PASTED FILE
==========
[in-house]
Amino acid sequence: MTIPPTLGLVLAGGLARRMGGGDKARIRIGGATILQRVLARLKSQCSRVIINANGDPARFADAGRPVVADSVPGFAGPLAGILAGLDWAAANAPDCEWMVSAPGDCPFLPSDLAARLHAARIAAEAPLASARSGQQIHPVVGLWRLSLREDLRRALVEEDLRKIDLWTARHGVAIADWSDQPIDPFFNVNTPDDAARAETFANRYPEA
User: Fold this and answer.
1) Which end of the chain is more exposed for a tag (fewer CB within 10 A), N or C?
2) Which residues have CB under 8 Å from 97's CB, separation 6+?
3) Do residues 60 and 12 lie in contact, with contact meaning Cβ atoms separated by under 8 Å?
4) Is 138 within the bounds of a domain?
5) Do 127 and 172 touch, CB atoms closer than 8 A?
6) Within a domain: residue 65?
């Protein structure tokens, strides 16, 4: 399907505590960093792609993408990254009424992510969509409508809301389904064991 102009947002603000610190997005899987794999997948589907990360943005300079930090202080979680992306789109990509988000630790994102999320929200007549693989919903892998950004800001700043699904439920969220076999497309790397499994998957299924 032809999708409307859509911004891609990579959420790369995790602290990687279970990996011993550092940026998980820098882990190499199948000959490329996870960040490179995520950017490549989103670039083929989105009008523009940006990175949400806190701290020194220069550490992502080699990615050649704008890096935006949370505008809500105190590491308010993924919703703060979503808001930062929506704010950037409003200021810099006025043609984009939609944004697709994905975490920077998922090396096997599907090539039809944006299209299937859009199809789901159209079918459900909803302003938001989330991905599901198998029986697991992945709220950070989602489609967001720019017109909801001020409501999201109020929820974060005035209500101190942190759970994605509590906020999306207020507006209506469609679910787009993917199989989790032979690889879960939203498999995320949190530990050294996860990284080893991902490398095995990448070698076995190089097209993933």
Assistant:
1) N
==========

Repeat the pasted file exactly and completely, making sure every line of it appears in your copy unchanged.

[in-house]
Amino acid sequence: MTIPPTLGLVLAGGLARRMGGGDKARIRIGGATILQRVLARLKSQCSRVIINANGDPARFADAGRPVVADSVPGFAGPLAGILAGLDWAAANAPDCEWMVSAPGDCPFLPSDLAARLHAARIAAEAPLASARSGQQIHPVVGLWRLSLREDLRRALVEEDLRKIDLWTARHGVAIADWSDQPIDPFFNVNTPDDAARAETFANRYPEA
User: Fold this and answer.
1) Which end of the chain is more exposed for a tag (fewer CB within 10 A), N or C?
2) Which residues have CB under 8 Å from 97's CB, separation 6+?
3) Do residues 60 and 12 lie in contact, with contact meaning Cβ atoms separated by under 8 Å?
4) Is 138 within the bounds of a domain?
5) Do 127 and 172 touch, CB atoms closer than 8 A?
6) Within a domain: residue 65?
């Protein structure tokens, strides 16, 4: 399907505590960093792609993408990254009424992510969509409508809301389904064991 102009947002603000610190997005899987794999997948589907990360943005300079930090202080979680992306789109990509988000630790994102999320929200007549693989919903892998950004800001700043699904439920969220076999497309790397499994998957299924 032809999708409307859509911004891609990579959420790369995790602290990687279970990996011993550092940026998980820098882990190499199948000959490329996870960040490179995520950017490549989103670039083929989105009008523009940006990175949400806190701290020194220069550490992502080699990615050649704008890096935006949370505008809500105190590491308010993924919703703060979503808001930062929506704010950037409003200021810099006025043609984009939609944004697709994905975490920077998922090396096997599907090539039809944006299209299937859009199809789901159209079918459900909803302003938001989330991905599901198998029986697991992945709220950070989602489609967001720019017109909801001020409501999201109020929820974060005035209500101190942190759970994605509590906020999306207020507006209506469609679910787009993917199989989790032979690889879960939203498999995320949190530990050294996860990284080893991902490398095995990448070698076995190089097209993933």
Assistant:
1) N